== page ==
Everything started to flare again up as General al-Sisi issued his 48-hour ultimatum to President Morsi. Al-Sisi was supposed to be a Morsi loyalist, promoted to his post after the old military elite had been dismissed in the last power struggle between armed and elected authority – and yet here he was, demanding that the Muslim Brotherhood share power or lose it. As he did so my infected cyst bubbled. The entire left side of my face became swollen. A soft, foamy subcutaneous emulsion. My lymph nodes felt like ping-pong balls. My jawline was melting away on one side. I looked as though I’d been genetically spliced with a potato. Before long it was intolerable. I had to see a doctor.

I went to a drop-in clinic at an NHS surgery in Cricklewood, lodged awkwardly between an enormous B&Q centre sitting like a fat orange-roofed slug on its grassy mound and a general tat shop called Aladdin’s Cave. To get there I walked through a narrow grey alley into a small grey car park; the barbed wire that surrounded the clinic was bearded with shredded plastic sheeting. I stood and smoked a cigarette outside the entrance. An elderly woman with a smudged tattoo on her forearm stood on the other side and smoked a cigarette as well. We didn’t talk. Then, as I sat in the waiting room, al-Sisi’s deadline approached. I was the only person there, scrolling compulsively through Twitter, perched above a small forest of institution-blue chairs. The only sound came from the clicking of my phone and a flatscreen TV mounted on the wall opposite me showing Countdown. It was coup o’clock; 2.30 pm Cairo time. Onscreen, the hand whizzed down the face of the clock as the famous music played. I wish the winning anagram had been something germane or significant. It wasn’t. Years after an important event, people sometimes share stories of where they were as it happened. The highest-scoring word on Countdown was ‘parsnip.’ I might remember that for the rest of my life.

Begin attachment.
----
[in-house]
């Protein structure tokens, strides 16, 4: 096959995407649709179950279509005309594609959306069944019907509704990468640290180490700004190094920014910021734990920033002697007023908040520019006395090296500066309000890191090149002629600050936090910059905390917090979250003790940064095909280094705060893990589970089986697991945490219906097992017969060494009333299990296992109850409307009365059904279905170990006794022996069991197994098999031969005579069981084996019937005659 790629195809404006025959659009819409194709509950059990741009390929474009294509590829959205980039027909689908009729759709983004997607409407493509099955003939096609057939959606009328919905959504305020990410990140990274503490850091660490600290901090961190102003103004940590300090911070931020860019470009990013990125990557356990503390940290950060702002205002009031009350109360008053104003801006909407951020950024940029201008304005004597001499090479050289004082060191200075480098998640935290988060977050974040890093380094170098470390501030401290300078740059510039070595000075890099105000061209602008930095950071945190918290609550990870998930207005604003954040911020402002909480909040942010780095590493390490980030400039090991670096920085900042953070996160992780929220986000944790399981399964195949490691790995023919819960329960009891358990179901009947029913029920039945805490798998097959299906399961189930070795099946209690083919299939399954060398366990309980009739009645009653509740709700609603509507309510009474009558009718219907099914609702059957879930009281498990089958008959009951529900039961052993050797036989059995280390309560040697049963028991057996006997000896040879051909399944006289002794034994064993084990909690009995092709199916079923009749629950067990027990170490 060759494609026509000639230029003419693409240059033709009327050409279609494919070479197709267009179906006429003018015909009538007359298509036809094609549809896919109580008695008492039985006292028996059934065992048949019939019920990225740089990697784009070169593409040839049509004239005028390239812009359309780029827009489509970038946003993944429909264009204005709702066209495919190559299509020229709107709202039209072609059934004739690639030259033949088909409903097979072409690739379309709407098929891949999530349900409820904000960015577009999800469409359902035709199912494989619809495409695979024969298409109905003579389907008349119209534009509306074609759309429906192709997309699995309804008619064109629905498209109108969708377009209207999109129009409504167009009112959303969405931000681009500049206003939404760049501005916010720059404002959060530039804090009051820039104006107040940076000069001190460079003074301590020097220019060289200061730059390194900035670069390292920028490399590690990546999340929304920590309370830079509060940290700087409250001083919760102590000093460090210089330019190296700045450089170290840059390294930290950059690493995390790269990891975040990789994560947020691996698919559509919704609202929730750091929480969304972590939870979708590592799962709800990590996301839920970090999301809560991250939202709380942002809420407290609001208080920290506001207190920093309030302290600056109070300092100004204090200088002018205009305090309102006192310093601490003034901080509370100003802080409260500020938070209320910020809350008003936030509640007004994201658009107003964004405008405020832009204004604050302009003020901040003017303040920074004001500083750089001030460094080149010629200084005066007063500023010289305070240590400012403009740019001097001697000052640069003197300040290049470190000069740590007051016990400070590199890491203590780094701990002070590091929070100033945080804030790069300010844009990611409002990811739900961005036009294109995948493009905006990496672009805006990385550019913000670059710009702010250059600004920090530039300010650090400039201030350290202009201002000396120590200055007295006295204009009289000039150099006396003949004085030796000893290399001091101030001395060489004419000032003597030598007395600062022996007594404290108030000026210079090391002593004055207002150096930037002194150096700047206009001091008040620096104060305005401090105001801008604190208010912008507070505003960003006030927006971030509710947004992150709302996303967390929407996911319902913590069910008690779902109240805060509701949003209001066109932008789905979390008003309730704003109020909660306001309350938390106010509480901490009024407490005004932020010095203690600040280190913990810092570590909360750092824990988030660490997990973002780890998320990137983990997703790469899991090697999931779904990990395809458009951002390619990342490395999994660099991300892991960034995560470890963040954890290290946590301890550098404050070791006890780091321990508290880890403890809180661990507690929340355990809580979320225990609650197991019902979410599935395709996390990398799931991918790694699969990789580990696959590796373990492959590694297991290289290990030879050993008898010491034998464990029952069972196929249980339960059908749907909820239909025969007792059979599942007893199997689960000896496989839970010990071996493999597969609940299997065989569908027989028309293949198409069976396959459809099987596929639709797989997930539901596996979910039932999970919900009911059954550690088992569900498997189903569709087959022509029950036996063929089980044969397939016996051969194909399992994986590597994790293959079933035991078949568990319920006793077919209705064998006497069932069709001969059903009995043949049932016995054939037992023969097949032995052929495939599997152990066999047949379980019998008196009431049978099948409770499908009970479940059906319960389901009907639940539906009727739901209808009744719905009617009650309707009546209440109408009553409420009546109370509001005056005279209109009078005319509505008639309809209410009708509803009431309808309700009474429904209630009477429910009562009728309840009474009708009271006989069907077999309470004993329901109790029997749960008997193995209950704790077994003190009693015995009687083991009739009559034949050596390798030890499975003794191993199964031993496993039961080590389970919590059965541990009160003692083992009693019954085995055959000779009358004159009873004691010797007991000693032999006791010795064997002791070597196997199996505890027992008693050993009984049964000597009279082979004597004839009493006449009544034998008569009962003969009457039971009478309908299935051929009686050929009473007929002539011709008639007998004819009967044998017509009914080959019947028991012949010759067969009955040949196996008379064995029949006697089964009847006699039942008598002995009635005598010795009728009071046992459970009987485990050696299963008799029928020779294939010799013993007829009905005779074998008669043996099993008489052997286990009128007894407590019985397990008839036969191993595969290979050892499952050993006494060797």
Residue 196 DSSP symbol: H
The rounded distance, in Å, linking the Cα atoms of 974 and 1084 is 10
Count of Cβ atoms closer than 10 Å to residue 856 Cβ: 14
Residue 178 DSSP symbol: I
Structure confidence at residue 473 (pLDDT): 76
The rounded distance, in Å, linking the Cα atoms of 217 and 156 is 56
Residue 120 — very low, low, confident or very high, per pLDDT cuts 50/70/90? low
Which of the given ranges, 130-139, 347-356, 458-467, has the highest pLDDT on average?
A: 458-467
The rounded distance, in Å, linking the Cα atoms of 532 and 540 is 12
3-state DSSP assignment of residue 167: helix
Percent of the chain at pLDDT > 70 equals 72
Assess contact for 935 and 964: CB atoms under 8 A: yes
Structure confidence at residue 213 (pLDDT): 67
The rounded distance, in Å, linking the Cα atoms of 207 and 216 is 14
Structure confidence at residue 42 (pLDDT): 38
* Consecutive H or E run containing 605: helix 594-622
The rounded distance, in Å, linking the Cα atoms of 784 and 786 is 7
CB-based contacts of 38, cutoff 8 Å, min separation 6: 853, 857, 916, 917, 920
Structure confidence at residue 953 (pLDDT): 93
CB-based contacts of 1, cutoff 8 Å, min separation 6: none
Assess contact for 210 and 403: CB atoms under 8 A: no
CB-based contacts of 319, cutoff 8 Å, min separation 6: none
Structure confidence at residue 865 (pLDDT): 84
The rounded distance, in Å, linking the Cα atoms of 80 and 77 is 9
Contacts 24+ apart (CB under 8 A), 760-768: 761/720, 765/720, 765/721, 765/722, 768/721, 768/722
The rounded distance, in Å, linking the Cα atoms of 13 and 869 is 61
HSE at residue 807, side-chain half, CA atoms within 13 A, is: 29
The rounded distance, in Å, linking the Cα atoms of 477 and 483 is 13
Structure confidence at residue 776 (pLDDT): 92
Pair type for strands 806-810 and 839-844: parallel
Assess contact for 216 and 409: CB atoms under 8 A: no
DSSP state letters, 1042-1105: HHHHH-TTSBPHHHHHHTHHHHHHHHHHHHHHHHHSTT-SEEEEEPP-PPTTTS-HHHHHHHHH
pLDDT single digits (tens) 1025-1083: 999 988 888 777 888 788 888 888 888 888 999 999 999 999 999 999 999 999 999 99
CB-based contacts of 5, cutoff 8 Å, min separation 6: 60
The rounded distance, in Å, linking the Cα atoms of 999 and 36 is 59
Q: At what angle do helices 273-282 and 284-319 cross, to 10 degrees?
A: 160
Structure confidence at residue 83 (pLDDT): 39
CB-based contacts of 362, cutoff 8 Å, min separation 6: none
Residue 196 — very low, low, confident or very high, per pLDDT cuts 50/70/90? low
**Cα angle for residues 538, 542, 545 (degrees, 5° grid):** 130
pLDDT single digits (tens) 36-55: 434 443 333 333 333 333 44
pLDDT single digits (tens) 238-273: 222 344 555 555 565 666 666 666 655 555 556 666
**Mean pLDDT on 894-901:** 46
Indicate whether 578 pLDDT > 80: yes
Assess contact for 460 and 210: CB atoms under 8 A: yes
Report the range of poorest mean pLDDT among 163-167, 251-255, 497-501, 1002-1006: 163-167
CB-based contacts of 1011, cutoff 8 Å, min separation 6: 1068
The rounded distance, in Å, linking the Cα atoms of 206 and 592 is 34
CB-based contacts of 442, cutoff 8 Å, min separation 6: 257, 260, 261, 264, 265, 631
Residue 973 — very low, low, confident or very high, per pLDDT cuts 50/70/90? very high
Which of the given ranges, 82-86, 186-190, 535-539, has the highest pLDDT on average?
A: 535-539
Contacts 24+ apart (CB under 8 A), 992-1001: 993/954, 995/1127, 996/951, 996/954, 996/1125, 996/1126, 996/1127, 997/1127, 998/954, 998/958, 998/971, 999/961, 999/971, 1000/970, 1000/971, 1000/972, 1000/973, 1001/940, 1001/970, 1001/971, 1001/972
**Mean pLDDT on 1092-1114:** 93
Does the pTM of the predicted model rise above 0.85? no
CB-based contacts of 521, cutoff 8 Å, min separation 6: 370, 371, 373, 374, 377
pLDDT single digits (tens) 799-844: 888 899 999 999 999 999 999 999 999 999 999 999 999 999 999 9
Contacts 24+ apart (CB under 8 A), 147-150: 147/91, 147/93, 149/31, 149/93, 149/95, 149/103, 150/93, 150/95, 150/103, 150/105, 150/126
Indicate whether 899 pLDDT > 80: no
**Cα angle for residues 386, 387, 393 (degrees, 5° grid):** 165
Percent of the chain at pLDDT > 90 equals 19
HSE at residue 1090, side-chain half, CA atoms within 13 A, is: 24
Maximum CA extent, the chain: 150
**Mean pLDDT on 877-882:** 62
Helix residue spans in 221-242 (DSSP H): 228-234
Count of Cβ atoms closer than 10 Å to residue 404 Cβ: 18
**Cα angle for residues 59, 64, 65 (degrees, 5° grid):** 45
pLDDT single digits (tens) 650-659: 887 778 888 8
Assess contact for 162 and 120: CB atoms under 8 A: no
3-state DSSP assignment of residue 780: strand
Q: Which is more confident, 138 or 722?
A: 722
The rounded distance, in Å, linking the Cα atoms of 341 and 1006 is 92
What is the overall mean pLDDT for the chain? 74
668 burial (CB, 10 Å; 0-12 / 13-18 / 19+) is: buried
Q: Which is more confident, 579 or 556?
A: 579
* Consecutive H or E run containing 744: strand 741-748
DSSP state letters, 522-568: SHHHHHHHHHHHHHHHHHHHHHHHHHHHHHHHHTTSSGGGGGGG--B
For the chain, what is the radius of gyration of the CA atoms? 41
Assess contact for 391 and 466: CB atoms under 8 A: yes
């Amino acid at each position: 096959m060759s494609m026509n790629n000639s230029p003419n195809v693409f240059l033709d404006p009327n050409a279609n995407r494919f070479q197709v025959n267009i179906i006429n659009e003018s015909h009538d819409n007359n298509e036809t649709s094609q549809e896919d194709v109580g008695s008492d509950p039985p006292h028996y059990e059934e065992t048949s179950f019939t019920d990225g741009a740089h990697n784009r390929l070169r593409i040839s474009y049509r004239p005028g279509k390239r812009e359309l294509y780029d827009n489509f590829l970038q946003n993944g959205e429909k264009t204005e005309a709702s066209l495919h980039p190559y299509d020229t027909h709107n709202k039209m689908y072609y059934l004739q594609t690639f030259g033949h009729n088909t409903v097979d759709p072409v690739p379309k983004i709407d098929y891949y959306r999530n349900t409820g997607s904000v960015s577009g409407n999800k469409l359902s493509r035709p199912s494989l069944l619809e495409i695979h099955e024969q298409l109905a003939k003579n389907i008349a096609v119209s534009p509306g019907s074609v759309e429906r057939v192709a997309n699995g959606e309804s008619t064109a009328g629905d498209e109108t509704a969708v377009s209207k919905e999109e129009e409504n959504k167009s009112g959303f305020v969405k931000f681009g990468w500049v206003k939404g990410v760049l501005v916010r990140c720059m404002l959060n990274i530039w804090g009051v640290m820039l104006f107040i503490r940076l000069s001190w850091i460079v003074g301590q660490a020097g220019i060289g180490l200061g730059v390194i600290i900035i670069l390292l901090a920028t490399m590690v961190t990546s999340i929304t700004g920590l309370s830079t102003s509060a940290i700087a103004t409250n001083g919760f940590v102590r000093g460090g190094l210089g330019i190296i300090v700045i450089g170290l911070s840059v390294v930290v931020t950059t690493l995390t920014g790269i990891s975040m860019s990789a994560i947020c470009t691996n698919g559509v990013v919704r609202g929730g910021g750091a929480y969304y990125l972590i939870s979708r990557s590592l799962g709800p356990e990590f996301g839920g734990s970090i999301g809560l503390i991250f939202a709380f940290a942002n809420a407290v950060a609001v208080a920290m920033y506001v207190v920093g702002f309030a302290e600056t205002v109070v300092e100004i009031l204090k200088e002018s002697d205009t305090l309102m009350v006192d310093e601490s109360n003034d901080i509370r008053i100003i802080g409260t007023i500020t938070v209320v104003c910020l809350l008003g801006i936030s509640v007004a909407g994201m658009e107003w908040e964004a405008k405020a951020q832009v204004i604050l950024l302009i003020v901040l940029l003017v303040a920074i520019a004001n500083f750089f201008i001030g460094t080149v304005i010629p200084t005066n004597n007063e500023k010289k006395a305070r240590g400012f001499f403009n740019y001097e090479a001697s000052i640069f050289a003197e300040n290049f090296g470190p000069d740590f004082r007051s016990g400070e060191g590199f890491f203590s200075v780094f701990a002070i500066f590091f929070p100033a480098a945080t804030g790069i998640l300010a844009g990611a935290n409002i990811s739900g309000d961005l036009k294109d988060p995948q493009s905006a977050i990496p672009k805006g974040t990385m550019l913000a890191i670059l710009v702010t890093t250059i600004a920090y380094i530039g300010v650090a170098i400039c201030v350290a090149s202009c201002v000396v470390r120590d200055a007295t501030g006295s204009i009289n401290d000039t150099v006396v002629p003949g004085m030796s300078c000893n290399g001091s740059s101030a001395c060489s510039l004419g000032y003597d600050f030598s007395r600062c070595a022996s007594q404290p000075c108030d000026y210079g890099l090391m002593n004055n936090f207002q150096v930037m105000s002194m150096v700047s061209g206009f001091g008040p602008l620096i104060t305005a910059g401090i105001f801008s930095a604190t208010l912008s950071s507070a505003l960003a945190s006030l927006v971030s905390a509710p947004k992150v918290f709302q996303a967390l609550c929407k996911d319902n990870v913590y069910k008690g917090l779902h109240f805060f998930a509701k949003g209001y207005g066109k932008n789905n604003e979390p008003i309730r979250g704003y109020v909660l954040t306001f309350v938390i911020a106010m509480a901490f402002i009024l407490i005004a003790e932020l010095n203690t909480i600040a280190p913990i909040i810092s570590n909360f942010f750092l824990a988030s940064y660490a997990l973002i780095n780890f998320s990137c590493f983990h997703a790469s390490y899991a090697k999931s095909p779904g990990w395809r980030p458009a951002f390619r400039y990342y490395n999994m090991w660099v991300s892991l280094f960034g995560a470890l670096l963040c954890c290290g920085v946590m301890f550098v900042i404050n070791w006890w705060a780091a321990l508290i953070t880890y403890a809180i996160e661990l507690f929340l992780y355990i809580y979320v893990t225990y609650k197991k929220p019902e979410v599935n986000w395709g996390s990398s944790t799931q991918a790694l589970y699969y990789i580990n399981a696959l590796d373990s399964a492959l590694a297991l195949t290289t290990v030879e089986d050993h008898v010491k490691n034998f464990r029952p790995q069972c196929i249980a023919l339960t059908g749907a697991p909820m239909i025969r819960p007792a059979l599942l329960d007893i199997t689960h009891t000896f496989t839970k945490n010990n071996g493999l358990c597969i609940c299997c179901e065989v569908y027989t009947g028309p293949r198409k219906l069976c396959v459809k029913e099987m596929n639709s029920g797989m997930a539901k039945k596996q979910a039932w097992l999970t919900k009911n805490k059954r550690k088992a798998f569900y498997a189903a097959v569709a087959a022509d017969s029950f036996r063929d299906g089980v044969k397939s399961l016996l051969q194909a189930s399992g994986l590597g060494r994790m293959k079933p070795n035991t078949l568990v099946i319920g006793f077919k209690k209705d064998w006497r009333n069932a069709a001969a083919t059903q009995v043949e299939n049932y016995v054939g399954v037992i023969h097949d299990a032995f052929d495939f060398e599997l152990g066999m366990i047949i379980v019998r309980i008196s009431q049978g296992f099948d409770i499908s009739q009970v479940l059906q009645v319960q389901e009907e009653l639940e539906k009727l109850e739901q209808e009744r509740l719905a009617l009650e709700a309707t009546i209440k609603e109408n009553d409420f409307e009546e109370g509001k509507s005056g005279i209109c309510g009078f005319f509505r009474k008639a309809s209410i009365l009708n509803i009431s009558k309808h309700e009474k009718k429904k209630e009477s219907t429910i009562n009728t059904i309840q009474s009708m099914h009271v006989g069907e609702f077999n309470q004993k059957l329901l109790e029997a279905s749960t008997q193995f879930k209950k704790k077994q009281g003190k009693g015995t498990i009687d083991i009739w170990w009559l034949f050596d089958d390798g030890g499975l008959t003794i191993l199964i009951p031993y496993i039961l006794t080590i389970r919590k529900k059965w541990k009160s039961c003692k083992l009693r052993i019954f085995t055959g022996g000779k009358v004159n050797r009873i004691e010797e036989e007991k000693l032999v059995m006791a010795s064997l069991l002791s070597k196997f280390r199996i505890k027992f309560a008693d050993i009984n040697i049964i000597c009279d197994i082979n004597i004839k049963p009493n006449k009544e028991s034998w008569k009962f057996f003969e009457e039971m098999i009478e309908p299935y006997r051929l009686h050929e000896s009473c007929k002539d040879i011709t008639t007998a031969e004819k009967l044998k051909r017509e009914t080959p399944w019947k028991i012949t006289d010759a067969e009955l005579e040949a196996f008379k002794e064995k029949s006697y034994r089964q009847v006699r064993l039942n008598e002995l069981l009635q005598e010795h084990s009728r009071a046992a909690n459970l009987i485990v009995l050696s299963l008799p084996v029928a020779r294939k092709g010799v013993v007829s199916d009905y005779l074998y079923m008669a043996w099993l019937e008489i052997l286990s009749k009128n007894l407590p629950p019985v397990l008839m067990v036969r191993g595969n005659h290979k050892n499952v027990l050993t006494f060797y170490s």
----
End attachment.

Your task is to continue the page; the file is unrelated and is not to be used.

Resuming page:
The GP who saw me was rather fat and affably Jewish. He told me a lot of what I already knew: I had an infected cyst, a gland had become impacted, and the bacteria had rushed in en masse to fill my face with slime. He prescribed me antibiotics; I now have eighty tablets of flucloxacillin to my name. I doubt they’ll do much good. Whatever his qualities as a doctor, the GP is unlikely to be able to alter the course of events in the Middle East. When I returned home I discovered that President Morsi had been put under house arrest and the constitution was being suspended. Tahrir Square was overflowing with celebrations.

There’s one other thing the doctor told me. If the swelling doesn’t respond to antibiotics and doesn’t go down, he said, if the blockage isn’t cleared – there’s always the option of surgery.

~